As regards the new indult... I was in Rome at the beginning of November at a meeting of a Pontifical Committee of which I am a member, and the indult was being spoken of as something which is going to come out. Now, I don't claim that anyone on that committee has any inside knowledge - though, being a Vatican committee there were 3 cardinals present - but the fact that it was being talked about as a given is significant.

As for the calendar, all I can say is poor old St Thomas of Canterbury...see my blog entry on our Friends with Christ blog for my views on that.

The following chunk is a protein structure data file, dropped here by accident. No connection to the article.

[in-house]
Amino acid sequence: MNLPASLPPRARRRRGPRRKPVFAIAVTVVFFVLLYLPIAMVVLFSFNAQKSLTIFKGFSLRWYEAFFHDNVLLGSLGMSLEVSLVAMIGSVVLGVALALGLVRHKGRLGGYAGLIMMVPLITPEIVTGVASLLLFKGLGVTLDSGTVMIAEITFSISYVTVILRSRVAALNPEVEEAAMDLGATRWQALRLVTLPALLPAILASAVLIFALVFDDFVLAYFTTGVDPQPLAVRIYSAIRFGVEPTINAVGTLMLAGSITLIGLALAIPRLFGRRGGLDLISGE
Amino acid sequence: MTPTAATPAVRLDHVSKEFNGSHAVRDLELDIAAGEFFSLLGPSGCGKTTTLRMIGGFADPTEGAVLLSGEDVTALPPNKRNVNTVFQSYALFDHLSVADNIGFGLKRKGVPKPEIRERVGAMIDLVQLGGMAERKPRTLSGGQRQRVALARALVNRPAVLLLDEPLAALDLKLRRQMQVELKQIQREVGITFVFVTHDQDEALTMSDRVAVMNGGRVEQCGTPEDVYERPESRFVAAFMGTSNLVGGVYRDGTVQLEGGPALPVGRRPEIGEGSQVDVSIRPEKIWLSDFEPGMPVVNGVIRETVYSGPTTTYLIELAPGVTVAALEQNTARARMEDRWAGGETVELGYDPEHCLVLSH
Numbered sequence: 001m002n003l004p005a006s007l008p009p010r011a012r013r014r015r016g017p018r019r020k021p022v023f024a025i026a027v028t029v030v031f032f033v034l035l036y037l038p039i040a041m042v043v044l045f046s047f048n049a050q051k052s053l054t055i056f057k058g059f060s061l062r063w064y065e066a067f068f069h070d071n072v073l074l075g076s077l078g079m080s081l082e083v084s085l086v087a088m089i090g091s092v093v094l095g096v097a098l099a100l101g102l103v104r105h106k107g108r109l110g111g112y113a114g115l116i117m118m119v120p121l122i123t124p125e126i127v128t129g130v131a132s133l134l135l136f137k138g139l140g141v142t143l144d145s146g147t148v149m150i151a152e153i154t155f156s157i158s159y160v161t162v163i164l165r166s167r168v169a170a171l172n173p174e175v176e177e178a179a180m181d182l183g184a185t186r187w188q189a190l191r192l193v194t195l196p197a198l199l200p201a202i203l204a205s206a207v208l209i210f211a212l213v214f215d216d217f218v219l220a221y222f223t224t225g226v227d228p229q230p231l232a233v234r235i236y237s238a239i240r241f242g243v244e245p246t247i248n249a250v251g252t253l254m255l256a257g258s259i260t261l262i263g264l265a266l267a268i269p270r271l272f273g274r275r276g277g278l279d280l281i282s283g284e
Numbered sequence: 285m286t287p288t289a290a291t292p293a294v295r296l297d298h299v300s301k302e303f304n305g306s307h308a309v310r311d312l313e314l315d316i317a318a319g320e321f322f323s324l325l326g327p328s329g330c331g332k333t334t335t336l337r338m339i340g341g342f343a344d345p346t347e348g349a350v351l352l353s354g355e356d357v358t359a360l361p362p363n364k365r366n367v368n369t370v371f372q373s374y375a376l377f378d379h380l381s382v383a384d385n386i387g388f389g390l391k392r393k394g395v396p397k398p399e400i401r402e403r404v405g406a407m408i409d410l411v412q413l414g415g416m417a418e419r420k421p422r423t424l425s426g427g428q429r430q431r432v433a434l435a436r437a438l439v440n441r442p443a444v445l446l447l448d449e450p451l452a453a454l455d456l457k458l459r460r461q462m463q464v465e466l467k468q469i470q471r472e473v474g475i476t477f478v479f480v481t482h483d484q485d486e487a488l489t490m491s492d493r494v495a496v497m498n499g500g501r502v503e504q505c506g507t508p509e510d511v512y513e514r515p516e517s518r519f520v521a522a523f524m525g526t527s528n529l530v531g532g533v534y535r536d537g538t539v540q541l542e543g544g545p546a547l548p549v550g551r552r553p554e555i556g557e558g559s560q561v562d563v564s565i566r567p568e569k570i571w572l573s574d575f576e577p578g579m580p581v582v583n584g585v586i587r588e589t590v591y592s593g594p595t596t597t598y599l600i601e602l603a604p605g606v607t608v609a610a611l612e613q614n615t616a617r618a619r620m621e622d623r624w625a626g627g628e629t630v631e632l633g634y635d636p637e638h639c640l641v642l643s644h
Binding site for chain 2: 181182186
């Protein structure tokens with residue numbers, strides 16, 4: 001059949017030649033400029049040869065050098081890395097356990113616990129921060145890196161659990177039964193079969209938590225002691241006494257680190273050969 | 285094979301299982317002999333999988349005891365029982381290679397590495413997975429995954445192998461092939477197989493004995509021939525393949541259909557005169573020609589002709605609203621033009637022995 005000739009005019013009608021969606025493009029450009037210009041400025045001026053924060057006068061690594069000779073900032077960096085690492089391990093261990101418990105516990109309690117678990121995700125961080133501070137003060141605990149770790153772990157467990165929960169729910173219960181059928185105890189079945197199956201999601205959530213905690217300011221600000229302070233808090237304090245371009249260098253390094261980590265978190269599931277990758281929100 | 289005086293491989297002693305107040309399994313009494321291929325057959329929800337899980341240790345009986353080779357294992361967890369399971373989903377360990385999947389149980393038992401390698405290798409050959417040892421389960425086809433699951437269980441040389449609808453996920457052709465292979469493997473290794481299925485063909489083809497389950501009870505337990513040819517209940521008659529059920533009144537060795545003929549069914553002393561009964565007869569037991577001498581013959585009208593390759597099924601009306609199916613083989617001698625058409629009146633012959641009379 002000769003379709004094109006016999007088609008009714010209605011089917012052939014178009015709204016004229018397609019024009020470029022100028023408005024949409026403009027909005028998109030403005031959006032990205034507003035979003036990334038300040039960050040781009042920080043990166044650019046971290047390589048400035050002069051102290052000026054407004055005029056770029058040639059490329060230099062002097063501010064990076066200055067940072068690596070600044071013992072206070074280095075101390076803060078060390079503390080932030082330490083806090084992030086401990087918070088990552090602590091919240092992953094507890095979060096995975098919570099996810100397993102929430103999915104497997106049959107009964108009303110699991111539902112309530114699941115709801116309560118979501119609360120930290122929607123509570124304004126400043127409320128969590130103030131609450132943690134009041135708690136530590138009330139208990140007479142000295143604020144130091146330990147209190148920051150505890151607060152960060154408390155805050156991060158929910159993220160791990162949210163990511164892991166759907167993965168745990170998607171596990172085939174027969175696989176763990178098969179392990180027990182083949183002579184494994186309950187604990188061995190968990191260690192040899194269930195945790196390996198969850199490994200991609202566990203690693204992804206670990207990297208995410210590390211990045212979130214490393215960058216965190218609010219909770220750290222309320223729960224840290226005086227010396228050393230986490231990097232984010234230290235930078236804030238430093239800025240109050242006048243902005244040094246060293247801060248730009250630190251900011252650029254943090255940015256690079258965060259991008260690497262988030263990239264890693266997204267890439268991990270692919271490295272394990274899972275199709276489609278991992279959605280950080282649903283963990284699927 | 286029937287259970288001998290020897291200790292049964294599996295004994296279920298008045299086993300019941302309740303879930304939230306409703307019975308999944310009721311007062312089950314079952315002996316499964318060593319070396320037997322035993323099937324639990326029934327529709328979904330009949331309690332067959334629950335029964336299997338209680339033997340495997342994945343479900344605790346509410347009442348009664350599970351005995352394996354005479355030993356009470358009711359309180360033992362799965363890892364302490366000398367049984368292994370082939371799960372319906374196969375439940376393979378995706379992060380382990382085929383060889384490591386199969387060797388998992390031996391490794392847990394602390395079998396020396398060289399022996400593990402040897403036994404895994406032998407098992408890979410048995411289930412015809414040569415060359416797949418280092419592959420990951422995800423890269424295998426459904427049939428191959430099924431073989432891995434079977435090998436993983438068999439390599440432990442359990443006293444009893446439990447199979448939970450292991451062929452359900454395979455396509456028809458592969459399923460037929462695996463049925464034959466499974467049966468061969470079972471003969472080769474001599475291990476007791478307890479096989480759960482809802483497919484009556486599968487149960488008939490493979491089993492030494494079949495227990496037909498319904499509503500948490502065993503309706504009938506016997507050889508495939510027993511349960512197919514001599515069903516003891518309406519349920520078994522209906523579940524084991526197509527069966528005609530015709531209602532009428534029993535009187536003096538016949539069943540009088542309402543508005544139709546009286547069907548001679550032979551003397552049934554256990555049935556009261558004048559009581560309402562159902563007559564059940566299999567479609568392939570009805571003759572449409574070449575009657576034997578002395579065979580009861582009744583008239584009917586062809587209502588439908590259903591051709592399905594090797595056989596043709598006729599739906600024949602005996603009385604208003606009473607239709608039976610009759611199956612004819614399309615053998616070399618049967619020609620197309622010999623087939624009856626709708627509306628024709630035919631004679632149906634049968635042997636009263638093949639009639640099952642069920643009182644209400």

Fr Julian Green said...

PS As regards the parallel calendars - which inpinges on my life very little - it's just the comment of hebdom "the traditionalist faithful are never going to accept...". Not even if the Pope tells them to? Not very traditionalist or faithful then. Sorry - just being provocative.

Hebdomadary said...

Well, they haven't yet have they? In fact - and I'm fishing he memory files here - there was something...oh yes, (it's early yet...brain needs tea) Castrillon-Hoyos made some suggestion about a year ago, a mention even, of the '65 missal being option, and Una Voce contacted him immediately and said that if they tried it that would be the end of Una Voce's participation with Ecclesia Dei and the beginning of a fierce battle. The idea was dropped immediately. (I think it was initially mooted to Hoyos by Perl or Calkins to begin with.)